The starlight shimmered across the Shi'Kahr salt flats. The absence of a moon, and the distance from the city, brought out all the reds, golds, blues and purples from the long track of the Milky Way that was flung across the Vulcan sky. Ny shivered, and shifted closer to Spock as the paradoxically chilly breeze kicked up from the south. There might be a dust storm before morning. Soon, they would go inside the tent Spock's clan had designated for the two of them especially, and sleep uneasily - or at least she would - as they waited out the eighth day of T'Ashal's kahs'wan. Bee-bee no longer!
Soon, soon Spock would touch the newly formed parent-bond they had with her - she had consented to the formal mind-meld ceremony as well as the coming-of-age ritual, Nyota thought, agonizingly, but proudly - and so Spock could far more easily tell if she was alive, and how well she was.
So far, there was very little news, though none of it was bad. Soon, she would know if her baby had eaten that day. . .
My baby. . .
Ny shivered again. She was nine. And soon, in the eyes of every Vulcan, she would be an adult.
Soon. Too soon. And not soon enough. . .
Did she find water? Does she know where she is? If there is a dust storm, can she find shelter? Has she encountered any more snakes?
Ny made a fist. Soon. That was soon enough to turn back into a fretting, restless, very Human mother.
Now, she sat next to her husband - who had himself survived the same ordeal under far worse conditions - and looked up at the sky, waiting for the one tiny speck he had pointed out to her eleven orbits ago.
"There." He pointed. "Twelve."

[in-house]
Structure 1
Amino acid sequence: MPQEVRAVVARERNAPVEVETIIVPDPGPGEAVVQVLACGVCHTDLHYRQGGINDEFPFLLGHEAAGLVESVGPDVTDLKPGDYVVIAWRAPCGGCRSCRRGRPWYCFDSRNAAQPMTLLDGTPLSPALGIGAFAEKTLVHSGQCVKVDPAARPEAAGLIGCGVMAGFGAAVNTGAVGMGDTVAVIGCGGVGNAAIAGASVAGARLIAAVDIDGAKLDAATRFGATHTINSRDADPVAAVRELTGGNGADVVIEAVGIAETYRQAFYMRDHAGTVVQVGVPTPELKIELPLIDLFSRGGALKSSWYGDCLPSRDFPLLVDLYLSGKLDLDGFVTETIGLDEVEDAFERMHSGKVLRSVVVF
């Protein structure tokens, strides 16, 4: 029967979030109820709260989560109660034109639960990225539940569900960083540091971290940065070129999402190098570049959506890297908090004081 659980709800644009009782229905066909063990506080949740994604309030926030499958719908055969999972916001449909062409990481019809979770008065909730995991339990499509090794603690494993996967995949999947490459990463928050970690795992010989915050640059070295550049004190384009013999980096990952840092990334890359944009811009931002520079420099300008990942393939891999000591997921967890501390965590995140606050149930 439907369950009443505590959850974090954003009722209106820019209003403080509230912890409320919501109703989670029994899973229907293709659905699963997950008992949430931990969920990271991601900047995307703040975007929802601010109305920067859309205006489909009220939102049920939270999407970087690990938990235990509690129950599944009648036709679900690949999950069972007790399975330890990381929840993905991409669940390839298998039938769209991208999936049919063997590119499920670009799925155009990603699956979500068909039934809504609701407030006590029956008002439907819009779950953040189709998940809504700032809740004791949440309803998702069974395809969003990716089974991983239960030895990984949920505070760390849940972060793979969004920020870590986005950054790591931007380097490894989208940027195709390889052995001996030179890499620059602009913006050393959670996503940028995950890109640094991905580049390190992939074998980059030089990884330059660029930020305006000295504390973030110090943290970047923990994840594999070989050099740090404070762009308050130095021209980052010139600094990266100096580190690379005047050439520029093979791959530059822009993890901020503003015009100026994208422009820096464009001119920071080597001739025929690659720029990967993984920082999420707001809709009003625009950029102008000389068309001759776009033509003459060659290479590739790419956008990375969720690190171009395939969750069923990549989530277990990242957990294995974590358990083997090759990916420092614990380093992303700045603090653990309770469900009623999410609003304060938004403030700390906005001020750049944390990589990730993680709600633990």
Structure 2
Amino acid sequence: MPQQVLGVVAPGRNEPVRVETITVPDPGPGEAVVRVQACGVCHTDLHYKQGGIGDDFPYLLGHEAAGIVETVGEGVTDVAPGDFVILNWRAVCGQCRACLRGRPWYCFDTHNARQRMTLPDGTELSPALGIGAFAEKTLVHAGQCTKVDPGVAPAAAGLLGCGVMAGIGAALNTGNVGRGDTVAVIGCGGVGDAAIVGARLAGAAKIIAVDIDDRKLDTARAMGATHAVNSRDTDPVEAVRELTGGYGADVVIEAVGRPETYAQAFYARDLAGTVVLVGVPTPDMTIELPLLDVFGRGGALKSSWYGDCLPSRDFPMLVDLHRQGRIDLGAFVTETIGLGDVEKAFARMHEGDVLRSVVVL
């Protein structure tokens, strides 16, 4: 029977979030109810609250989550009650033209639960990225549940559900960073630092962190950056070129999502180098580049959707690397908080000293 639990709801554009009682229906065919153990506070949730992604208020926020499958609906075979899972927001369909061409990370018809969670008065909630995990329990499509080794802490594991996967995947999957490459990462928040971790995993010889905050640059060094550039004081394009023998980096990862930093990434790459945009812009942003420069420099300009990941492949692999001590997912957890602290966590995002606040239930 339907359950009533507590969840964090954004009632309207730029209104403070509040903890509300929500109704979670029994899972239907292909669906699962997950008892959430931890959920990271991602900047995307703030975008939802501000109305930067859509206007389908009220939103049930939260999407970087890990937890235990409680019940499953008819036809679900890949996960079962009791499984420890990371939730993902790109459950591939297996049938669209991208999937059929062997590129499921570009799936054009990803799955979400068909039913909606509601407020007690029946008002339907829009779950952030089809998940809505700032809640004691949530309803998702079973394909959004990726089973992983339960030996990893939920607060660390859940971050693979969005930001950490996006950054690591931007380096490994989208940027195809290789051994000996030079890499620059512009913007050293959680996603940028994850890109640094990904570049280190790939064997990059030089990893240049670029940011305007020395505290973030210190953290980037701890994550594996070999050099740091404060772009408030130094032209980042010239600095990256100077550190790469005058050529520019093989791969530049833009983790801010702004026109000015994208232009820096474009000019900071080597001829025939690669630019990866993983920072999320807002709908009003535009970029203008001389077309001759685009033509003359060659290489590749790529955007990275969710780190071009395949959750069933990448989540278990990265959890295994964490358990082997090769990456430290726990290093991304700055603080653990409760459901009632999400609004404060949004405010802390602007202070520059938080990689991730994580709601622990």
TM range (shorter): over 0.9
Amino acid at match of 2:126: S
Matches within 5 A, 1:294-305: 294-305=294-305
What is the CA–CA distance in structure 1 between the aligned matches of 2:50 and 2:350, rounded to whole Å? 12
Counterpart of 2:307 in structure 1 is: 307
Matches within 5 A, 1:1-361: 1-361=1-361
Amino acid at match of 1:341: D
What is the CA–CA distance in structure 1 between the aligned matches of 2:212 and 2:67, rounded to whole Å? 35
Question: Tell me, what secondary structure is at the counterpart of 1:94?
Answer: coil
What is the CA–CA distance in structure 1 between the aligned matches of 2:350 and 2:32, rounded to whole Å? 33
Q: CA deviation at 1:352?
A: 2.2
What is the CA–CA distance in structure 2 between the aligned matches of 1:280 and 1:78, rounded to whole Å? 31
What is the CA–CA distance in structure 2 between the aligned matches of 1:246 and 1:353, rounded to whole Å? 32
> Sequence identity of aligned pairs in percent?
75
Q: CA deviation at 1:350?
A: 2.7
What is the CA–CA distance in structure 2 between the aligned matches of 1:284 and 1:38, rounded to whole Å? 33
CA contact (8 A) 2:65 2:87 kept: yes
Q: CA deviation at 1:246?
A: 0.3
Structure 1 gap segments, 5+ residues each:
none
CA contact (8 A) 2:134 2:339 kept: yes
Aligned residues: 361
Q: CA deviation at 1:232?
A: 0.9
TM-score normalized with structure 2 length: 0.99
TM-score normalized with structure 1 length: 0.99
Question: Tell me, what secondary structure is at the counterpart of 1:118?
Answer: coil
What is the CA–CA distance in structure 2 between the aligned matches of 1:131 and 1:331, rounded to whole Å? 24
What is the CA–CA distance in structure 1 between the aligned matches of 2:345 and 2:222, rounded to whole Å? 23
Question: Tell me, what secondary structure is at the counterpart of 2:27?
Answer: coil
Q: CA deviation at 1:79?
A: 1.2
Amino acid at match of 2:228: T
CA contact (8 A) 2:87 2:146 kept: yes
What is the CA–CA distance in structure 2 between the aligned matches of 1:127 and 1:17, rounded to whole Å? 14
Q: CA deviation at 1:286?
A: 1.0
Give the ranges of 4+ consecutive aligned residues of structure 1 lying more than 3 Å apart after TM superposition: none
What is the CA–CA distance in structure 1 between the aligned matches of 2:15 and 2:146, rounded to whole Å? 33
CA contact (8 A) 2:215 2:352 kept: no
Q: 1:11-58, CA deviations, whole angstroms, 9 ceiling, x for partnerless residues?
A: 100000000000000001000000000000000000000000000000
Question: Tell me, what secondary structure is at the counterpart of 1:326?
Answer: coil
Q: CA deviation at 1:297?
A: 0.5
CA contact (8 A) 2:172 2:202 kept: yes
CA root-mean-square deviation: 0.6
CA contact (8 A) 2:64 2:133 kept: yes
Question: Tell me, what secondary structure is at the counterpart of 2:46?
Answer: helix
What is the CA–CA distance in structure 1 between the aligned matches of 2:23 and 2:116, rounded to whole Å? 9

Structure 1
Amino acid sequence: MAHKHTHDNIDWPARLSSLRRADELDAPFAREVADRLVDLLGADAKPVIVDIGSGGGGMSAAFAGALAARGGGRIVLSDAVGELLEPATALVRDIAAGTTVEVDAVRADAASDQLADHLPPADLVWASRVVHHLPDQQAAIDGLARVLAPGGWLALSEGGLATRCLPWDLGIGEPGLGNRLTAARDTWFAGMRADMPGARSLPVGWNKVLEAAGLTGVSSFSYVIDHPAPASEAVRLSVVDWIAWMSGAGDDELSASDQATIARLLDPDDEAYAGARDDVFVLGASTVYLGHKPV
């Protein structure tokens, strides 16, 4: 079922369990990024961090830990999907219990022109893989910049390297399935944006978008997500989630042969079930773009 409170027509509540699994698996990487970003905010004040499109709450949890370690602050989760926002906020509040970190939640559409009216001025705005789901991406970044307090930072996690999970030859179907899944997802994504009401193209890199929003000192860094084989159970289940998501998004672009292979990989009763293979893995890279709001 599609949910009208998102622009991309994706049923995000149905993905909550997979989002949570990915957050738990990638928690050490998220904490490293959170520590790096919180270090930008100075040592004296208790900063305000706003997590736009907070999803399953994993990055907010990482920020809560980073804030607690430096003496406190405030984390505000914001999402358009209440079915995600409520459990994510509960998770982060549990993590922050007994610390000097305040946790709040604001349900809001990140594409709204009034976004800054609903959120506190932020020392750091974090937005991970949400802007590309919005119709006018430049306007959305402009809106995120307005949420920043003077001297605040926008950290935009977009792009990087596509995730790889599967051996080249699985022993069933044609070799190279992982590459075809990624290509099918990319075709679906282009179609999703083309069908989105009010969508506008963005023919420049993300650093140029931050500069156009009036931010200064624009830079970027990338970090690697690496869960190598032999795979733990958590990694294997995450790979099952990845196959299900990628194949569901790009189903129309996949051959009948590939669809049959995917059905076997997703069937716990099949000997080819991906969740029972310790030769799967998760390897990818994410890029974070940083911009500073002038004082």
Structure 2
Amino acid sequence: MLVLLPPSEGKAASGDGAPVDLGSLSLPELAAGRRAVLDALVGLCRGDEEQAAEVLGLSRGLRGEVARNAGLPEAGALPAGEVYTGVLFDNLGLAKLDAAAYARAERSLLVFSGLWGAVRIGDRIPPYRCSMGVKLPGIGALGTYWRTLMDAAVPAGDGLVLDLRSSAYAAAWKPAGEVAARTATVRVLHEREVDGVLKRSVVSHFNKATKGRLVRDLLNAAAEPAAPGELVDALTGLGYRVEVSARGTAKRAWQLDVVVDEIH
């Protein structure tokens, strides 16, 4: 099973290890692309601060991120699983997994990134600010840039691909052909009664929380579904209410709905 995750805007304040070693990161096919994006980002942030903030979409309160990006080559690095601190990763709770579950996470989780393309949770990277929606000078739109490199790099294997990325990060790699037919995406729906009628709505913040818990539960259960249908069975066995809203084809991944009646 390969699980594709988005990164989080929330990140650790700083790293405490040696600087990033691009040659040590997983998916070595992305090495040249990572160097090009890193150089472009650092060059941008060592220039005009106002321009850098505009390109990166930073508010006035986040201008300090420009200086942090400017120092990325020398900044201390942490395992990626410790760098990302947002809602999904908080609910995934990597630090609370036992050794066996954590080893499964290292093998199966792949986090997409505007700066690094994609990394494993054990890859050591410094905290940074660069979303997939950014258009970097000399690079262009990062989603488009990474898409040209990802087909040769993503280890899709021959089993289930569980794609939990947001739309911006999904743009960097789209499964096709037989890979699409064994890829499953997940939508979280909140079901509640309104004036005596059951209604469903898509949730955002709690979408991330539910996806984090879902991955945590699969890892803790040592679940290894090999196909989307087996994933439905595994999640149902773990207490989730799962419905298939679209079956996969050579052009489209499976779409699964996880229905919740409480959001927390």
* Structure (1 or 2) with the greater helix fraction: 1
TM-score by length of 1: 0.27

"Twelve," she repeated, dully.
Counting the orbits of the Enterprise was helping a little, but not much.
She had been so happy, ten years ago, when Spock had said he was ready to have kids. She had been ready, years before that.
Or so she'd thought.
"She is well, Nyota," Spock said, with the soft voice that meant he was accessing the bond, "And easily within one day's journey of us. She is nearly home."
Ny let out a breath she didn't know she had been holding. The tension from her lungs leaped up into her throat, making her eyes water. "Did she find food again?" she asked hoarsely, but refusing to cry, "Did she find water?"
Spock shifted in the dark, his profile clear against the starry background, "No, and yes."
"Spock! She hasn't eaten in three days. . ." She gulped, and frantically held back violent tears.
His hand gripped her elbow, steadying her, "Her journey is nearly over, Nyota - all she needs is water, now."
She flung herself back onto the blanket they had spread across the sand. "I don't know if I can do this three more times, Spock. . ."
"The twins have the option of going together - " he began.
"No, Spock, stop!" she cried out, "I can't think of them out there! They just turned two! And Solkar. . . he's only six and a half!"
He hooked two fingers around hers in the comforting kiss he had found it necessary to use a great deal during the past week. This time, thankfully, he didn't bother reminding her that only children older than seven were allowed to attempt the kahs'wan. "I know, Nyota. Perhaps we should go inside. . ."